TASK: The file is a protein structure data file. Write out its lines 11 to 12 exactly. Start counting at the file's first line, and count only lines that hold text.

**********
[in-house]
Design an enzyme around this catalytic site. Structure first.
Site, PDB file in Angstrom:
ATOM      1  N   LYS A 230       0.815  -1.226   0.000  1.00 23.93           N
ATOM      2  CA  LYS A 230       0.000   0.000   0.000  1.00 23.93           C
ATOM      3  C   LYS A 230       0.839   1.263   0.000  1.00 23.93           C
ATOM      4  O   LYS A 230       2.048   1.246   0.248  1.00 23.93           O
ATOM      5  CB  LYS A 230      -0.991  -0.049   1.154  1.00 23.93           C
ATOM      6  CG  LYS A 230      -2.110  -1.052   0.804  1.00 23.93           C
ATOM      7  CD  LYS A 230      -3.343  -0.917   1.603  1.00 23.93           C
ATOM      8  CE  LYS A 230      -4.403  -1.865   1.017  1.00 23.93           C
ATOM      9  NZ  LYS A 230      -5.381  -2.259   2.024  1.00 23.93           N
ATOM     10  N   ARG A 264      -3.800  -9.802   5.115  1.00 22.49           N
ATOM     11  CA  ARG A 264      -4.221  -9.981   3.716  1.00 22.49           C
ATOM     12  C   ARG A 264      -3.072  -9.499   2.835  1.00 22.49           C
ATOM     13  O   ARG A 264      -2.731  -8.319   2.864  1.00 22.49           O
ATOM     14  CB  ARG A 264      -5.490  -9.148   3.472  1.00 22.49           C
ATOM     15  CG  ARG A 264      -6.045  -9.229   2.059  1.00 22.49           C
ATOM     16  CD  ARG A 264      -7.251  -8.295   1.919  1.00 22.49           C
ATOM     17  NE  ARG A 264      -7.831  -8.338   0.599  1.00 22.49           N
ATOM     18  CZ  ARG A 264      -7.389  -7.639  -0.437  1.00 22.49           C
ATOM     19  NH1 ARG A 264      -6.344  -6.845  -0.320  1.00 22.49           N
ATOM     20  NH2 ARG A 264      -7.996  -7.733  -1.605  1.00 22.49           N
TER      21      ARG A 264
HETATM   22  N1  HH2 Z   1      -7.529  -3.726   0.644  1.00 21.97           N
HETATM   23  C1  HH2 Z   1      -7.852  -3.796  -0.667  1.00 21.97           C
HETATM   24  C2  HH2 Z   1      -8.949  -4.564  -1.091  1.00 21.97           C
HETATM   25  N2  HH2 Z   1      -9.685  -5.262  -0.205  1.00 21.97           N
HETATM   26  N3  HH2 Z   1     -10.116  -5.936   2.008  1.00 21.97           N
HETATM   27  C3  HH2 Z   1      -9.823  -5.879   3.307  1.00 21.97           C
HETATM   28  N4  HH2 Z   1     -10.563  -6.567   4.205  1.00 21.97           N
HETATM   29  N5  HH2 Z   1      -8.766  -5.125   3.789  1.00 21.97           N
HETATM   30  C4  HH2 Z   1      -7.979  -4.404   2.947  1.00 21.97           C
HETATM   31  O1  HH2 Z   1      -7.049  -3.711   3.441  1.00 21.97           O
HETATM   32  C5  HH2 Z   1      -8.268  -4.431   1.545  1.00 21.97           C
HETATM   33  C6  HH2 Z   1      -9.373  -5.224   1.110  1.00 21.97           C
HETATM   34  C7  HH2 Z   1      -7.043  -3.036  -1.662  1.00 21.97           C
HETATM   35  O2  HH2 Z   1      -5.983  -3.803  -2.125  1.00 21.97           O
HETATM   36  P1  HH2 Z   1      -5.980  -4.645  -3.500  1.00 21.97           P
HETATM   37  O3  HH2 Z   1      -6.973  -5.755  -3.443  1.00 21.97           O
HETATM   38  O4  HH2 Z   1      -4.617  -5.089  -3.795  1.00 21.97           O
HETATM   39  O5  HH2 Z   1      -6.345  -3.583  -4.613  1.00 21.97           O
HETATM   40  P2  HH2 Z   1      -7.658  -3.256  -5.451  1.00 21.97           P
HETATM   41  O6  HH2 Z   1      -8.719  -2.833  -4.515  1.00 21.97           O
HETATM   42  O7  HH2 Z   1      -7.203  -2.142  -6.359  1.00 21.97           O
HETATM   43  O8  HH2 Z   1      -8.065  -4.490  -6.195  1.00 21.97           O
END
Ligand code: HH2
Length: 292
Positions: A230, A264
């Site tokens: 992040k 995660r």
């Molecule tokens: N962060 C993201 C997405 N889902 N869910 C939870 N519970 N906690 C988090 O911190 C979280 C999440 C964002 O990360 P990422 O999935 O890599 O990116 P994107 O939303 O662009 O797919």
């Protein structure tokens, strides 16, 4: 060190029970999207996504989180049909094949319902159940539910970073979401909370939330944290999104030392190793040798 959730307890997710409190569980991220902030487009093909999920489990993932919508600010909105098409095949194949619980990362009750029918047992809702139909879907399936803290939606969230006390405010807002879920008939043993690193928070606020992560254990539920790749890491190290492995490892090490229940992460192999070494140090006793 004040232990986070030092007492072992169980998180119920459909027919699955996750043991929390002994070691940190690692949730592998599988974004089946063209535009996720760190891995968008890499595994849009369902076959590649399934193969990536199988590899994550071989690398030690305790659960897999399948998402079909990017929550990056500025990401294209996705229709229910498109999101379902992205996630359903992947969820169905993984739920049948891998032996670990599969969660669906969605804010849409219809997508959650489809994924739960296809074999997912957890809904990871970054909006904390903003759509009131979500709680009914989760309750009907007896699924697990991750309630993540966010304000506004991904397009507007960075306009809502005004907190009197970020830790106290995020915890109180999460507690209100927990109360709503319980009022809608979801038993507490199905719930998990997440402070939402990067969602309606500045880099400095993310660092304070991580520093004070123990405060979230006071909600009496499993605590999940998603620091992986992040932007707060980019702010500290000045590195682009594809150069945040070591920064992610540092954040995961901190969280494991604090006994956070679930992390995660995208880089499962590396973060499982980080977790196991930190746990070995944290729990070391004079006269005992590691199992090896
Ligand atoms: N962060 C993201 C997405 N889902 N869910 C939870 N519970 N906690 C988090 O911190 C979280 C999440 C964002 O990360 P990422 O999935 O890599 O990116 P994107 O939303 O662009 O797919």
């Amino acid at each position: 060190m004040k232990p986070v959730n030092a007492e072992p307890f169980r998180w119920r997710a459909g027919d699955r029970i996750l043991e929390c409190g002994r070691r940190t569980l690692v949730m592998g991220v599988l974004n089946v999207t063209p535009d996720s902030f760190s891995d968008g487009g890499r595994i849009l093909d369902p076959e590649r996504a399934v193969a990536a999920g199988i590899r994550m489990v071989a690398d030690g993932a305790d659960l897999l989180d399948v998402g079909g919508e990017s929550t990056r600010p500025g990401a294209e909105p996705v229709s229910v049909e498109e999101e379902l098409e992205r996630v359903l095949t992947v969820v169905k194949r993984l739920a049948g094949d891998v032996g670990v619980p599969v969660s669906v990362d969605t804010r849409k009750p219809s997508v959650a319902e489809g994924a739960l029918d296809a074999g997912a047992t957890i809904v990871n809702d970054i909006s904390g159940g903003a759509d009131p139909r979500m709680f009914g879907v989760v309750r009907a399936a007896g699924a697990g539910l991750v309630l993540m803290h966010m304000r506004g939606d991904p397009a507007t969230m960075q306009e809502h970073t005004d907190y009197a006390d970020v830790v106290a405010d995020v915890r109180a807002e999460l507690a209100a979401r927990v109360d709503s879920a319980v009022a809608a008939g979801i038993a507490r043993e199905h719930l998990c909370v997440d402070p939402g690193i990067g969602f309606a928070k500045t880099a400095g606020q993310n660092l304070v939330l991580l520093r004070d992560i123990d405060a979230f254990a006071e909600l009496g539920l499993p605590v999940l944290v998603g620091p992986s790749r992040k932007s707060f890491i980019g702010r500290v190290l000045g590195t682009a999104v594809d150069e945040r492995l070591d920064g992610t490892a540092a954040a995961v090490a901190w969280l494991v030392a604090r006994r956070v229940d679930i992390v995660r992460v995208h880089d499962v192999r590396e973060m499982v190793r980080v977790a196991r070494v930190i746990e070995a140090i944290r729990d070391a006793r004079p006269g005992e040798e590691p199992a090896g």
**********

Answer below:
ATOM      8  CE  LYS A 230      -4.403  -1.865   1.017  1.00 23.93           C
ATOM      9  NZ  LYS A 230      -5.381  -2.259   2.024  1.00 23.93           N